CAPE TOWN, South Africa 9 May, 2013 - The strides made by African economies in achieving economic growth must be accompanied by efforts to boost long-term competitiveness if the continent is to ensure sustainable improvements in living standards finds a new report, the Africa Competitiveness Report 2013, released today.
The report, themed Connecting Africa’s Markets in a Sustainable Way, is jointly produced by the African Development Bank, the World Bank and the World Economic Forum. Regional integration is a key vehicle for helping Africa to raise competitiveness, diversify its economic base and create enough jobs for its young, fast-urbanizing population. The report maps out the key policy challenges in establishing closer regional integration:
- Closing the competitiveness gap: Africa’s competitiveness as a whole trails other emerging regions – especially in quality of institutions, infrastructure, macroeconomic policies, education and technological adoption – while big gaps persist between its highest and lowest ranked economies. The report assesses Africa’s success in creating the social and environmental factors that are necessary to address or mediate these gaps.
- Facilitating trade: Africa’s exports remain too heavily focused on commodities and its share of world trade remains low, despite numerous regional economic communities and domestic market liberalization. Intra-African trade is particularly limited. The report identifies cumbersome and non-transparent border administration, particularly import-export procedure, the limited use of information communication technologies (ICT) and persistent infrastructure deficit as major barriers to higher levels of regional integration. It also shows that these challenges are particularly pronounced for Africa’s landlocked economies.
- Building better infrastructure: Africa’s infrastructure deficit presents a serious impediment to regional integration, a problem that is made more pronounced by growth in consumer markets and urbanization. Developing adequate and efficient infrastructure will assist African economies to increase productivity in manufacturing and service delivery, contribute to improvements in health and education and help deliver more equitable distribution of national wealth. The report examines how developments in energy, transportation and ICT can be deployed to maximize the benefits of regional integration.
- Investing in growth poles: Defined as multi-year, generally public-private investments aimed at accelerating export facing-industries and their supporting infrastructure, growth poles represent important ways of building productive capacity and boosting regional integration through the attraction of investment. As the World Bank has invested in growth poles for a number of years, the report looks at how best practice can be deployed to deliver further benefits across the continent.
“Africa’s growth needs to be seen in the wider international context, where encouraging gains in economic growth belie an underlying weakness in its long-term competitiveness. Regional integration is key to addressing this weakness through the delivery of wider social and economic benefits and should be prioritized by Africa’s leaders as they look to ensure that Africa delivers on its promise,” said Jennifer Blanke, Chief Economist, World Economic Forum.
“Sustained high economic growth often occurs in an environment where there is a meaningful infrastructure development. It is therefore imperative that planning for both national and regional infrastructure projects is coupled with the requisite legal and regulatory framework that will allow for increased involvement of the private sector in infrastructure development on a public-private partnerships model. Improved infrastructure investment in Africa is crucial for the continent’s competitiveness and productivity; and contributes to spatial-inclusion and reducing spatial inequalities," said Mthuli Ncube, Chief Economist and Vice-President, African Development Bank (AfDB).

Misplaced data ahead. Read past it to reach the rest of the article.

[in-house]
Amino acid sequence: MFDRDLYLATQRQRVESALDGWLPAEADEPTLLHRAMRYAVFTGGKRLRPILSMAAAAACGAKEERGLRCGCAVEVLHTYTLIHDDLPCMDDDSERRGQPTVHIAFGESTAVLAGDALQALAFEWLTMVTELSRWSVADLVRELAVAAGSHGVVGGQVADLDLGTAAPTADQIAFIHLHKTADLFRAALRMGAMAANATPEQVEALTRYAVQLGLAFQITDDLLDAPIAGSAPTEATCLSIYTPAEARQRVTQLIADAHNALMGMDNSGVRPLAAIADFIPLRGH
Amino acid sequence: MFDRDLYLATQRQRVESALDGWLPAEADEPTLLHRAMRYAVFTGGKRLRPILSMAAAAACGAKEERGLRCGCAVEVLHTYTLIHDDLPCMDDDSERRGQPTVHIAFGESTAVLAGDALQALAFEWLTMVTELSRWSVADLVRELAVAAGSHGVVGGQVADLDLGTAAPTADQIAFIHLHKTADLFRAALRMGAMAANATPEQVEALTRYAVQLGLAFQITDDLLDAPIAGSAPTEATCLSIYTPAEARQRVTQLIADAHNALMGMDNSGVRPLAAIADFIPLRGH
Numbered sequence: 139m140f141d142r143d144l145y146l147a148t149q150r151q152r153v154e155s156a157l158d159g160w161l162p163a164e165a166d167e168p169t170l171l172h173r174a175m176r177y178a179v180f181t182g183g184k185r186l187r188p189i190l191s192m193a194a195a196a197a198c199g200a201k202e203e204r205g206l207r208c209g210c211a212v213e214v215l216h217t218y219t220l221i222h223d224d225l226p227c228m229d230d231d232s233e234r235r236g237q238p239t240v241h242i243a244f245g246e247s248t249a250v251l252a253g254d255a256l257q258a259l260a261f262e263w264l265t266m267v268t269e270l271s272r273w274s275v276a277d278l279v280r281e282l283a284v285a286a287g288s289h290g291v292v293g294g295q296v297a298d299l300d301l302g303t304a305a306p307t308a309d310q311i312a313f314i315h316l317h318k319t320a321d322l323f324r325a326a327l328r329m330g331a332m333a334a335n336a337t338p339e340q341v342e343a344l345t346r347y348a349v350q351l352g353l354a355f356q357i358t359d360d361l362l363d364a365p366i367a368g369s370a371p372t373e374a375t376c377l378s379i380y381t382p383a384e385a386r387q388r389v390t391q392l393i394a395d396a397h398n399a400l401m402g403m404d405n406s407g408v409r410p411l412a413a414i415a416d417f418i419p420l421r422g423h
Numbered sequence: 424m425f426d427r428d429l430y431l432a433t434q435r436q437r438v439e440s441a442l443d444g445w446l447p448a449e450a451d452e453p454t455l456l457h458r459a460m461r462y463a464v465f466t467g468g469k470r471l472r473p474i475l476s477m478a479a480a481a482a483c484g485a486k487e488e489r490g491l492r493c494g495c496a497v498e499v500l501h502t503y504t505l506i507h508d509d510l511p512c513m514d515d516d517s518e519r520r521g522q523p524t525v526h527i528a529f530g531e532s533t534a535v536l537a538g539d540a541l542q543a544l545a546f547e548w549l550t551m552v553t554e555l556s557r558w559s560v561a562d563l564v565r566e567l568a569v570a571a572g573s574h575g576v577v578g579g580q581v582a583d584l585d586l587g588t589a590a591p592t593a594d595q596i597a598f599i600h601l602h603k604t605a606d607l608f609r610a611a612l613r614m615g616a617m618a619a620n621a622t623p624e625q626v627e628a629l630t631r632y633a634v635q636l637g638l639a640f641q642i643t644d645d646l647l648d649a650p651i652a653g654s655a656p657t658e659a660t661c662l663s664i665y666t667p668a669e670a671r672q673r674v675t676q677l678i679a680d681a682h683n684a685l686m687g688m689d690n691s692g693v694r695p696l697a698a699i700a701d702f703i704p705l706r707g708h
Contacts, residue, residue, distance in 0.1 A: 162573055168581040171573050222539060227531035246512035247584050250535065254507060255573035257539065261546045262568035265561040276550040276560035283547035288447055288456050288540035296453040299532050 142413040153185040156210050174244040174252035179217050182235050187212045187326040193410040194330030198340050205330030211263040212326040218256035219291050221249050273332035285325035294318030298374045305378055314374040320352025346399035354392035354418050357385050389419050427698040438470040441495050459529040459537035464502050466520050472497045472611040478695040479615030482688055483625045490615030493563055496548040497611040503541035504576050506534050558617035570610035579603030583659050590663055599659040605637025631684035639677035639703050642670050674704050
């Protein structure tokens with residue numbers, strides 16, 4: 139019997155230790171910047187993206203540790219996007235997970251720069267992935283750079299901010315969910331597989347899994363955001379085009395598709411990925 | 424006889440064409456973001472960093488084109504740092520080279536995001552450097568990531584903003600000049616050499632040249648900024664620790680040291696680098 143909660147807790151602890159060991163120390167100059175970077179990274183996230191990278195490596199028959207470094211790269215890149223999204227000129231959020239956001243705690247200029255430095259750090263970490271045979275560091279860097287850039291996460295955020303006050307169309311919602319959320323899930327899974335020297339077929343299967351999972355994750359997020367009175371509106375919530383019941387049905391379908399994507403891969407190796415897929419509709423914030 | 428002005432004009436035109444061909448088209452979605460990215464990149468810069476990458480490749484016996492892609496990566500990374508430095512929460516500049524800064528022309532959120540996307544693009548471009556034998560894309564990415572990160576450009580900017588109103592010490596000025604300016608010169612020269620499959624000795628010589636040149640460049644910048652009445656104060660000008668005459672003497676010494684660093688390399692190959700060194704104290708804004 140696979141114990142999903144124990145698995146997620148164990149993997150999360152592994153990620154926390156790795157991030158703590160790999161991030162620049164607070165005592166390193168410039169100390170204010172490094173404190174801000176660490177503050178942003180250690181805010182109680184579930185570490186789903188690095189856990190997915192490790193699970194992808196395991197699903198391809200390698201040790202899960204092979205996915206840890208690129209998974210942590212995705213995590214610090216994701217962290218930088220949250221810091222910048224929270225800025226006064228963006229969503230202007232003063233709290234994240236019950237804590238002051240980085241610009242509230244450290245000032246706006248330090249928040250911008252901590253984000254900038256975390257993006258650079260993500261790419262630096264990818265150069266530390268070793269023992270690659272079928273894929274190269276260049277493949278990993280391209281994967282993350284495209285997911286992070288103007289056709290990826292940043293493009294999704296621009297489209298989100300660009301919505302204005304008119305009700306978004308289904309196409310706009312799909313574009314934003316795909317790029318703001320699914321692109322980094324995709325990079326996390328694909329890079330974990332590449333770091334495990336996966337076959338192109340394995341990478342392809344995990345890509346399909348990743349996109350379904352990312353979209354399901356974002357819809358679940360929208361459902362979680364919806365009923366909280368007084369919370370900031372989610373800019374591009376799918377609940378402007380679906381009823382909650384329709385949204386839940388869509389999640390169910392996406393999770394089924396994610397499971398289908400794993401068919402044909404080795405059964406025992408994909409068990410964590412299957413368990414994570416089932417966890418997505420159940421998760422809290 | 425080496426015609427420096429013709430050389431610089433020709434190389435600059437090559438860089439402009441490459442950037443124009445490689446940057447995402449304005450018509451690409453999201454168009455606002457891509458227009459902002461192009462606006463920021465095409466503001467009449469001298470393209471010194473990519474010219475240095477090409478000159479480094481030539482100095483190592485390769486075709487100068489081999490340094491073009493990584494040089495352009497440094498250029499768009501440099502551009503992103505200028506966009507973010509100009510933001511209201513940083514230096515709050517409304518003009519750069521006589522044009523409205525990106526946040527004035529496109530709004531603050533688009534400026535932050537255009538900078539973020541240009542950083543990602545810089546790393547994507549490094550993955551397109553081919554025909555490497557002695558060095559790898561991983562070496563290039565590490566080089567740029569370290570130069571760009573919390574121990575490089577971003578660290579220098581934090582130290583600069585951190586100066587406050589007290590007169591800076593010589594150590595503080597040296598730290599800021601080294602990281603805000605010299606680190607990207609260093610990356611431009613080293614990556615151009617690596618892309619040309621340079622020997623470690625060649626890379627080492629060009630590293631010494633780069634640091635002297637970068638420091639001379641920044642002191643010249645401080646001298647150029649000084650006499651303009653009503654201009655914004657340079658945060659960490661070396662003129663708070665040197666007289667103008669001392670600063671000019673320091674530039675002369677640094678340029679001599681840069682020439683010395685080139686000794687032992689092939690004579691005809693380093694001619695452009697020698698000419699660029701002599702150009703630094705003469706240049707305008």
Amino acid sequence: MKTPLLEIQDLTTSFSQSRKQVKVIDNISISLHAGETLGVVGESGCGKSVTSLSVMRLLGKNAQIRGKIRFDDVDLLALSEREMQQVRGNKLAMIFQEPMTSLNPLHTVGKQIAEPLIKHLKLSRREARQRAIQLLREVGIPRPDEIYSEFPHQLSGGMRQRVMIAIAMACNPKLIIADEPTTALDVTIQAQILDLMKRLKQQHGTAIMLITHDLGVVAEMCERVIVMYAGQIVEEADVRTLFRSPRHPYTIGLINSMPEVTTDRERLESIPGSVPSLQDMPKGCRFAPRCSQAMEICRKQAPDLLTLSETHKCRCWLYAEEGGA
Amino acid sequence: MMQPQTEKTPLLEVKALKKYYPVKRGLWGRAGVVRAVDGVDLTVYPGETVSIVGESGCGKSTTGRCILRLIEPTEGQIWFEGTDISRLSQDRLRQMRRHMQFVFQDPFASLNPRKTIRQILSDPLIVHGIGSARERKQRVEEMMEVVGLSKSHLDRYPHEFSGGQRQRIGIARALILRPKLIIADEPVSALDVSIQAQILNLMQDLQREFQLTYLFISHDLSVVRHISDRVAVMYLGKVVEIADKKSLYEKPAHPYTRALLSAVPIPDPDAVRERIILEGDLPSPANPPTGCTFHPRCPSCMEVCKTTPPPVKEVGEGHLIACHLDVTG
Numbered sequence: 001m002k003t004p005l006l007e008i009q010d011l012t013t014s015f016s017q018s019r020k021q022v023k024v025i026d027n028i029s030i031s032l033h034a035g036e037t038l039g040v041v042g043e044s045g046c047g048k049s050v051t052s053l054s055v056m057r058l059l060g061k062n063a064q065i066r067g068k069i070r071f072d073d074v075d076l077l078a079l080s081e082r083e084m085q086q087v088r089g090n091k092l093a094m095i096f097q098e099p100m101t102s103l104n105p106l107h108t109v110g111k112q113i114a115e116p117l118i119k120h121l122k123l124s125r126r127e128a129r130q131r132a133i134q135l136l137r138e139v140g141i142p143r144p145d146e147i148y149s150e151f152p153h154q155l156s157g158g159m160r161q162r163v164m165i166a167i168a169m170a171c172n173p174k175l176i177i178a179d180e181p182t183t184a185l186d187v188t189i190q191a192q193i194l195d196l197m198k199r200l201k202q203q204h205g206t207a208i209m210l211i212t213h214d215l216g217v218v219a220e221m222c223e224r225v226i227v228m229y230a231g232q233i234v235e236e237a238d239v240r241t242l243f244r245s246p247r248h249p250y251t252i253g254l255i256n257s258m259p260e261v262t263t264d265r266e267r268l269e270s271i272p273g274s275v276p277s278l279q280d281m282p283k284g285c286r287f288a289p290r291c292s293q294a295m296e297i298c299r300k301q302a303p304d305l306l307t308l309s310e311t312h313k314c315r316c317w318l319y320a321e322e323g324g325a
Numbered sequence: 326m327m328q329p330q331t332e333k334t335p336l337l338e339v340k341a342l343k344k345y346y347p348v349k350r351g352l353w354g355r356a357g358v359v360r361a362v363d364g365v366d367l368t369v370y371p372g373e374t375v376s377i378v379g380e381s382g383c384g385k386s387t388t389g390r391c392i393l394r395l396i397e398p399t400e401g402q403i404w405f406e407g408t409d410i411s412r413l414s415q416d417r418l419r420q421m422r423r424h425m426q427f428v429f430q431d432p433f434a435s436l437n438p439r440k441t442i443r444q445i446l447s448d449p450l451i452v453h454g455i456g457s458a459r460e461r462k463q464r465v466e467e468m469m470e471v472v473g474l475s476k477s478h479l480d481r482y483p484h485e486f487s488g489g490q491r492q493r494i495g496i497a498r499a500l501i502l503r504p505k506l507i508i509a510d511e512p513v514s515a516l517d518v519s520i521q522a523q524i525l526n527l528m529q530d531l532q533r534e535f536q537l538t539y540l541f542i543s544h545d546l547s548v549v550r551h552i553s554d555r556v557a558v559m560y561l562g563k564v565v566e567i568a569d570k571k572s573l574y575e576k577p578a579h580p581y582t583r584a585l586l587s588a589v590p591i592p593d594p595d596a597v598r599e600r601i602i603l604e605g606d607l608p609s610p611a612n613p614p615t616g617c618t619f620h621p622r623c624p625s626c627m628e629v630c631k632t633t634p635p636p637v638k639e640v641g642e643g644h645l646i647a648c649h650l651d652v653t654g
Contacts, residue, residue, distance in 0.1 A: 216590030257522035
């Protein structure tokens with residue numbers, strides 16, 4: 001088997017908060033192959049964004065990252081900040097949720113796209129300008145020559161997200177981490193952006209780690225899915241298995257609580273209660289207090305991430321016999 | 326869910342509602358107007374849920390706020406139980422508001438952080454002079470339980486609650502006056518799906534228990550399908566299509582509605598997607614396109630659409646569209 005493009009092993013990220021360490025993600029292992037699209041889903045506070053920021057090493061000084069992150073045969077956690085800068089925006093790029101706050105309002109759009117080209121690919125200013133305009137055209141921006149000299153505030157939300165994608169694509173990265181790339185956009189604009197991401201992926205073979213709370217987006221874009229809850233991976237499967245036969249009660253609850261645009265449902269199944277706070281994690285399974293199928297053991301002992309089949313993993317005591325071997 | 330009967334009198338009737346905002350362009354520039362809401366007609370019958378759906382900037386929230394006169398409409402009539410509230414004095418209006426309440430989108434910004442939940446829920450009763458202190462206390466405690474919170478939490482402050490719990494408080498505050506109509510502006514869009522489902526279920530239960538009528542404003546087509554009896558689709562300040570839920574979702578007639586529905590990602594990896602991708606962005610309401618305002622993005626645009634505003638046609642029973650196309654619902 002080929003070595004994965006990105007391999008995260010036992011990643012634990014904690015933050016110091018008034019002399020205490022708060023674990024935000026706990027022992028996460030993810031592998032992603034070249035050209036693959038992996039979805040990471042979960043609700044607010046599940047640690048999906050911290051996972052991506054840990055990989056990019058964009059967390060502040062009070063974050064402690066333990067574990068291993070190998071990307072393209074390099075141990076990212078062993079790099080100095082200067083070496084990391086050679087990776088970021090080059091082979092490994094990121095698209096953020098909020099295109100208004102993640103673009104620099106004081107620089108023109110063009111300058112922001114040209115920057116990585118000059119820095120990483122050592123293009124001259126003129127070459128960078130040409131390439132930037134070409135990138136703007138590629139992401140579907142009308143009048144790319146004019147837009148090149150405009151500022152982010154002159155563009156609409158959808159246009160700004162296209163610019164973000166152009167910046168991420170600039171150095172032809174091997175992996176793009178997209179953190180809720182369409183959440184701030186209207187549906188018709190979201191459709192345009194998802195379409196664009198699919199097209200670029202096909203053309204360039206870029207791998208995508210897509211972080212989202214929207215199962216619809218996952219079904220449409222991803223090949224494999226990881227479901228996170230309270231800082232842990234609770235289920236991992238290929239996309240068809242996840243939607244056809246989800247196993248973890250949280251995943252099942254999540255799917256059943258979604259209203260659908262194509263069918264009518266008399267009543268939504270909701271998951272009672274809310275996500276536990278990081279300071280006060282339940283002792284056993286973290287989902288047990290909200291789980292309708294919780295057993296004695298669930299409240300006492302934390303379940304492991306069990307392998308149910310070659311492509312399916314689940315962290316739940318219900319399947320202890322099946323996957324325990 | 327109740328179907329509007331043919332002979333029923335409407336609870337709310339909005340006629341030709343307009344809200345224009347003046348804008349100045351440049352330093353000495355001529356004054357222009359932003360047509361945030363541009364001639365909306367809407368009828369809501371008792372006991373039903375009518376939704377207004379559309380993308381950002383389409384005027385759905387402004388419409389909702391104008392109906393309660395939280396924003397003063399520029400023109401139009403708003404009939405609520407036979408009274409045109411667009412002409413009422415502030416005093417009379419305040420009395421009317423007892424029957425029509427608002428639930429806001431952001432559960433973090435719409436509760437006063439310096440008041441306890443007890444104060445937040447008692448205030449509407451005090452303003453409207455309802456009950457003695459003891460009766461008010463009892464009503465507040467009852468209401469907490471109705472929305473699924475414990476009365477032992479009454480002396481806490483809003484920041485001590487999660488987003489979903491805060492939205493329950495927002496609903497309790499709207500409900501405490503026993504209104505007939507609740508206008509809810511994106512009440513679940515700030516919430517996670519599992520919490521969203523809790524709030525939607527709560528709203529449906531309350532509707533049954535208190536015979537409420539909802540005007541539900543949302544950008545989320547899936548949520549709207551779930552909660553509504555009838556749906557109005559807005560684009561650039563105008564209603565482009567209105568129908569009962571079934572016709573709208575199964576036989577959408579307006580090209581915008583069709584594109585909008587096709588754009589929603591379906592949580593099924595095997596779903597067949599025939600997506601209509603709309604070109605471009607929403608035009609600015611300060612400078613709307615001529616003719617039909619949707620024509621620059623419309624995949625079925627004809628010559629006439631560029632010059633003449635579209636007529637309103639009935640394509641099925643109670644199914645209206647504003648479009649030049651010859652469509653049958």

“Africa has been enjoying an economic transformation, with growth rates of more than 5 percent annually over the past decade,” says Gaiv Tata, Director Financial Inclusion and Infrastructure Practice, Africa Region, World Bank Group. “To turn its economic gains into sustainable growth and shared prosperity, Africa's public and private sectors must work together to connect the continent's markets, deepen regional integration, and adopt reforms that enhance national competitiveness.”
Also included in the report are detailed competitiveness profiles of 38 African economies. The profiles provide a comprehensive summary of the drivers of competitiveness in each of the countries covered by the report, and are used by for policy-makers, business strategists and other key stakeholders, as well as those with an interest in the region.
With the support of the Government of South Africa, the World Economic Forum on Africa is being held in Cape Town, South Africa, from 8 to 10 May. Over 865 participants from more than 70 countries are taking part. Under the theme Delivering on Africa’s Promise, the meeting’s agenda will integrate three pillars: Accelerating Economic Diversification; Boosting Strategic Infrastructure; and Unlocking Africa’s Talent.
The Co-Chairs of the meeting are Frans van Houten, Chief Executive Officer and Chairman of the Board of Management and the Executive Committee, Royal Philips Electronics, Netherland; Mo Ibrahim, Chairman, Mo Ibrahim Foundation, United Kingdom; Mustafa Vehbi Koç, Chairman of the Board, Koç Holding, Turkey; Frannie Léautier, Executive Secretary, The African Capacity Building Foundation, Zimbabwe; and Arif M. Naqvi, Founder and Group Chief Executive, Abraaj Capital, United Arab Emirates.